Students who get good scores on tests in subjects like Physics or Biology often ask me how to “study” for the SAT Reading section. The short answer is: there’s nothing to study. That’s actually good news. The Reading section is not content based - it’s not testing your knowledge of English the way science exams test your knowledge of Bio, Chem and Physics. That means students can actually pick up the most points on Verbal by using test-taking tricks.
Here’s my SAT Reading Strategy. It will save you an enormous amount of time and doesn’t require that you make notes on the passage or even comprehend the passage fully. After all, the SAT isn’t asking for comprehension - it’s asking for you to pick answer choices.
How to immediately increase your SAT Reading score in 5 steps:
1. Do the passages as they appear. Don’t try to find an “easy” essay to do first. Read all of the questions first. Do not read the passage first. Do not look at any of the answer choices.
2. Do the questions in order - easiest to hardest.
Easiest: Specific Detail questions (tell you exactly where the answer is located in the passage)
Easy: Main Idea, then Primary Purpose questions
Medium: General Detail questions (ask you general things about the passage)
Hard: Inference questions (ask you to infer about things the passage “suggests”)
Hardest: Roman Numeral questions
3. Once you’ve decided on a question to tackle, read the question again. Don’t look at the answer choices. Go to the part of the passage where you think the answer will be located. Read only in the area where you think the answer is located. Do not read the passage from the beginning.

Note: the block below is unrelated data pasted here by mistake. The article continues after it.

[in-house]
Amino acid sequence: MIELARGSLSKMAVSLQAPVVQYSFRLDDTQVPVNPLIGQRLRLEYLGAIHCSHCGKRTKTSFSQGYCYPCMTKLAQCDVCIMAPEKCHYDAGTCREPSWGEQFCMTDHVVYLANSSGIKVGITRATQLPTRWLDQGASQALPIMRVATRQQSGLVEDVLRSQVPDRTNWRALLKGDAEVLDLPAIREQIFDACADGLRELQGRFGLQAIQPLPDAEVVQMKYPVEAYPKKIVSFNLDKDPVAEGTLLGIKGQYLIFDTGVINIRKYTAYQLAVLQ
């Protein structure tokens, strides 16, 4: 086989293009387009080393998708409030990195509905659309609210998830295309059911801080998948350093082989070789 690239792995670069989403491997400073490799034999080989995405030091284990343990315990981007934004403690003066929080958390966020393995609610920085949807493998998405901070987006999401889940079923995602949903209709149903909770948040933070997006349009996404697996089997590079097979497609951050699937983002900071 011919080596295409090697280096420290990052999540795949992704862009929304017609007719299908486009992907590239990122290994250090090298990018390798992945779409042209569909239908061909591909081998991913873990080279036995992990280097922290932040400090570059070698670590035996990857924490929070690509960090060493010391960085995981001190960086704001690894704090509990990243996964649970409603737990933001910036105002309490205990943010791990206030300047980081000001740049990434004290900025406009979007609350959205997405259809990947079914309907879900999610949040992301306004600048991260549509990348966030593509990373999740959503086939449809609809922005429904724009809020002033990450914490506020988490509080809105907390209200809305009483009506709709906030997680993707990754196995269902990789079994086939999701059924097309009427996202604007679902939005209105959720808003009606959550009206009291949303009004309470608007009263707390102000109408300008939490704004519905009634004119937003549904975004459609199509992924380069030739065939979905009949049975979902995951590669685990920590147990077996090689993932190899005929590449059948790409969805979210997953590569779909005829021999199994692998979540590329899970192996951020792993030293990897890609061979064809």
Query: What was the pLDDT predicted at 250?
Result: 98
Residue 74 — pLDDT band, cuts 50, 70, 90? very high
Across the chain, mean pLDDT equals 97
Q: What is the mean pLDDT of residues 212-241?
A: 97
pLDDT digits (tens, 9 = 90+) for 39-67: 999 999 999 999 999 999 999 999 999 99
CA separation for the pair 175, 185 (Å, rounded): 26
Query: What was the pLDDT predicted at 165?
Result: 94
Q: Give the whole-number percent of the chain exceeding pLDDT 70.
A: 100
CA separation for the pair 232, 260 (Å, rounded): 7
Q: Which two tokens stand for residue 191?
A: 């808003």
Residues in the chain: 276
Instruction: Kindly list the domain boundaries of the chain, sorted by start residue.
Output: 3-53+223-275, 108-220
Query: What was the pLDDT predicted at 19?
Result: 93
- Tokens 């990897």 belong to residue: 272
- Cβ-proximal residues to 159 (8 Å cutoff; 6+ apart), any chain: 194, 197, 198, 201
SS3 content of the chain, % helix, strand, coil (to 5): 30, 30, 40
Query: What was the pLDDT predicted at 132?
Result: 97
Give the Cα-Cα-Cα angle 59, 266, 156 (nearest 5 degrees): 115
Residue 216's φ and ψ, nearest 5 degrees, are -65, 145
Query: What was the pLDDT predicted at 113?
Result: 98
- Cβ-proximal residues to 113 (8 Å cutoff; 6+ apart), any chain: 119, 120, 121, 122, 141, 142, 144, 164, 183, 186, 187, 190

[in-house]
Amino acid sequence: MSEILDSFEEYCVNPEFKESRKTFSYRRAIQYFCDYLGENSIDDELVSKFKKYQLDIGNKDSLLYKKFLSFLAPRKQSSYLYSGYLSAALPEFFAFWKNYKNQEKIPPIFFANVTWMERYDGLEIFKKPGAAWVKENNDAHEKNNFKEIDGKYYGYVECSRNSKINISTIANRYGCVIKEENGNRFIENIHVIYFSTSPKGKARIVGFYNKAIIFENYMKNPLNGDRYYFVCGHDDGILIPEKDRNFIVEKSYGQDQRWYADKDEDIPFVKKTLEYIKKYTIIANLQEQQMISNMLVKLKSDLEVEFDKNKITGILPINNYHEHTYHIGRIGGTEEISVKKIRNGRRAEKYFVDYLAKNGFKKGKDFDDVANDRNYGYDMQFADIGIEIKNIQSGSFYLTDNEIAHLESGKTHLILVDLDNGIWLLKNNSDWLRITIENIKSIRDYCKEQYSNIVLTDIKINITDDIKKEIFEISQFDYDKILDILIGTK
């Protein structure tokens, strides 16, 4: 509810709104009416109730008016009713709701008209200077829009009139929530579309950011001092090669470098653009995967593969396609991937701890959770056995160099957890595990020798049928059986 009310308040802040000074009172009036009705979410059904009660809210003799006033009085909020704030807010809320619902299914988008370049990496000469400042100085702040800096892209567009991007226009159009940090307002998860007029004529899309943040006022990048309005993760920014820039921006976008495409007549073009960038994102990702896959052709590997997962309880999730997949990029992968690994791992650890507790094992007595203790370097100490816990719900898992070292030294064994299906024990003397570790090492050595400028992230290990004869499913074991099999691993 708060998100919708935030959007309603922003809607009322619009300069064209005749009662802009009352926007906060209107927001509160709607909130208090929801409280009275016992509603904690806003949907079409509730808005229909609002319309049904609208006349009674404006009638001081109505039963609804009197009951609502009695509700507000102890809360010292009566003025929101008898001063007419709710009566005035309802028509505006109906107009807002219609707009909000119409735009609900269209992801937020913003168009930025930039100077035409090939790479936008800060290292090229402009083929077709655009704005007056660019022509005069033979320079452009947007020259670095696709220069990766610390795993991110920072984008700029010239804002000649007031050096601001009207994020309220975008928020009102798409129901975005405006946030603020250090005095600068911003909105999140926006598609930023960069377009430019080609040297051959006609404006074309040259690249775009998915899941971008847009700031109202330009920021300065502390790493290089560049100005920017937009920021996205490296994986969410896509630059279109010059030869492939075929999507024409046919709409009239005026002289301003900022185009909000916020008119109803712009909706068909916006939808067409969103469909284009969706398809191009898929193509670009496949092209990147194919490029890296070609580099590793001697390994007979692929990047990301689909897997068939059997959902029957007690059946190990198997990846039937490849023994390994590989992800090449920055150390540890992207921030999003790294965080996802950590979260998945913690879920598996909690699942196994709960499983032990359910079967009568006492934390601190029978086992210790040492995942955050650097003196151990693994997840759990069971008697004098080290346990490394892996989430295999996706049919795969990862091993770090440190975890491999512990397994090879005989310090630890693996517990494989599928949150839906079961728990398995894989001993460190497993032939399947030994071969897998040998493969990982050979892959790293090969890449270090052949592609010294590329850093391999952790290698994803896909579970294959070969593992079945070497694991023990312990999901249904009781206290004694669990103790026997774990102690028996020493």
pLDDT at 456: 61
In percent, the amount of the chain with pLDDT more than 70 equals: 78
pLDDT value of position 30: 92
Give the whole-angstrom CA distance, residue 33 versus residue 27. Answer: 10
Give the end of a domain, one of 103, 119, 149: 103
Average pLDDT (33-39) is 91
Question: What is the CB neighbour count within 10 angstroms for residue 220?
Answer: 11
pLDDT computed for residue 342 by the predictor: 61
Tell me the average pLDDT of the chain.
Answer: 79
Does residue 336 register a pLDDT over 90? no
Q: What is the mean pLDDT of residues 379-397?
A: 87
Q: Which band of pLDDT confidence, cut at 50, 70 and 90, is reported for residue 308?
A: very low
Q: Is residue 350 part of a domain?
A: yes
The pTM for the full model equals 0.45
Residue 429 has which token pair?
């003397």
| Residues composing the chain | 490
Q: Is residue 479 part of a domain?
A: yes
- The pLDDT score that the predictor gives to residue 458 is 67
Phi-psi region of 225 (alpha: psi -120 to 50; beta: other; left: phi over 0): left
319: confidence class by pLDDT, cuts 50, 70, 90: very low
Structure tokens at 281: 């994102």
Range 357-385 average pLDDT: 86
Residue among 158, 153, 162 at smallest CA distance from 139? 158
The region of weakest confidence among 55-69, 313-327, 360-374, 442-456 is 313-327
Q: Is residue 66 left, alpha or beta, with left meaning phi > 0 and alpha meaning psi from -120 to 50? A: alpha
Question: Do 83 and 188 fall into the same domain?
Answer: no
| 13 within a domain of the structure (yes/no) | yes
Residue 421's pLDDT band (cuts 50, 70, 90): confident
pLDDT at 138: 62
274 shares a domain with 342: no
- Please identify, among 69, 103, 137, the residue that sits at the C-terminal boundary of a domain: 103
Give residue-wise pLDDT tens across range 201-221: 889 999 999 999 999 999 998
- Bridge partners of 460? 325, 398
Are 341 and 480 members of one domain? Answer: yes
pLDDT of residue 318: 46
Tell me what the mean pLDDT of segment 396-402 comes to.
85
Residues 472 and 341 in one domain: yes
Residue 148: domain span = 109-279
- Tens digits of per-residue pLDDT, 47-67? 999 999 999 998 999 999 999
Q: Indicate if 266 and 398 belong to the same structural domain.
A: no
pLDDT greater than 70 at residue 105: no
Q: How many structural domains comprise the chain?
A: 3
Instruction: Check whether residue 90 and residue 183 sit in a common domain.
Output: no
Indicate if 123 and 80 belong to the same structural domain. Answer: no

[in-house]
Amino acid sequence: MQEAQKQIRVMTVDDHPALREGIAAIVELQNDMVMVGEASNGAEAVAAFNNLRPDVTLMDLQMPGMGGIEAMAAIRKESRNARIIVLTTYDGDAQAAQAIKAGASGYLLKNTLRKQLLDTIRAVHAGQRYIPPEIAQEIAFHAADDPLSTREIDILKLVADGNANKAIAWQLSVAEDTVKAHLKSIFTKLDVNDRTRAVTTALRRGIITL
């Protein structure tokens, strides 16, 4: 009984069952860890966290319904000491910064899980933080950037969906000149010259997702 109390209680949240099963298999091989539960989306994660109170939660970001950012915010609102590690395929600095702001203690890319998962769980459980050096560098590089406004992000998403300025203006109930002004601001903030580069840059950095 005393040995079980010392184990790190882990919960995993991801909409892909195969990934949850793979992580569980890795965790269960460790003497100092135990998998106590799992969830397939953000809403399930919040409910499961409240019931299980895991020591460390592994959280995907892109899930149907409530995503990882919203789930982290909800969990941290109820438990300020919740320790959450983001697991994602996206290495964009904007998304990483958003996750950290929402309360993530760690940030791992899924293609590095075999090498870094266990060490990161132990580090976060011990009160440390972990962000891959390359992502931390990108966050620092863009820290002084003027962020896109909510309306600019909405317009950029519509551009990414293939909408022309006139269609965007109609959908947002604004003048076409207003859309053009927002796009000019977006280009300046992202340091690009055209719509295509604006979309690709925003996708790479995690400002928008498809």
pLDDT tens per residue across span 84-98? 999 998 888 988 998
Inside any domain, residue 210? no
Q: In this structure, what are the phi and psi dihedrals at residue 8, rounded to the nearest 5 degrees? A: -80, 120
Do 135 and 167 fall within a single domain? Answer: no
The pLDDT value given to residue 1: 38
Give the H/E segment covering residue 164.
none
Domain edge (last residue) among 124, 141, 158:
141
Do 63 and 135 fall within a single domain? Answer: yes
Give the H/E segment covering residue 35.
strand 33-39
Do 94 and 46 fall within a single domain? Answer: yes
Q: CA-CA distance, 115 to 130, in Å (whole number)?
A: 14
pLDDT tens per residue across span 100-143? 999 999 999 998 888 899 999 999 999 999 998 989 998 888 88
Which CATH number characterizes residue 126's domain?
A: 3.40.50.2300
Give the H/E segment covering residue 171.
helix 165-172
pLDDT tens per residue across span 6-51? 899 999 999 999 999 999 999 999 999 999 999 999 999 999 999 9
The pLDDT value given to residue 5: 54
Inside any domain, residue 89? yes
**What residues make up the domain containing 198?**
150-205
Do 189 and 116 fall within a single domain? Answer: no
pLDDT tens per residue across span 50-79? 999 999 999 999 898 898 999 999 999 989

Where to look for the answer?
Specific Detail questions point you to a specific place in the passage, or a give you word or phrase in italics or quotes to search for.
Main Idea questions - the answer is in the first two sentences of the passage.
Primary Purpose questions - read the first two sentences, then the first sentence of each subsequent paragraph.
All other questions - skim the passage for keywords from the question stem.
4. Once you’ve read enough to get an idea for an answer, do not read the answer choices. Instead, frame your own answer in your mind. Make it short and to the point.
5. Match up your own answer to the answer choices, if you see a match, that’s proof you got the question right. If you don’t see a match, cross out answer choices that don’t make sense.
What if I can’t decide between answer choices?
If you are between answer choices, go back to the passage and read a little more around the specific area where you think the answer will be. Repeat the strategy, framing another answer in your mind. Now you only need to match it up to the answer choices left. Then choose an answer and move on to the next question.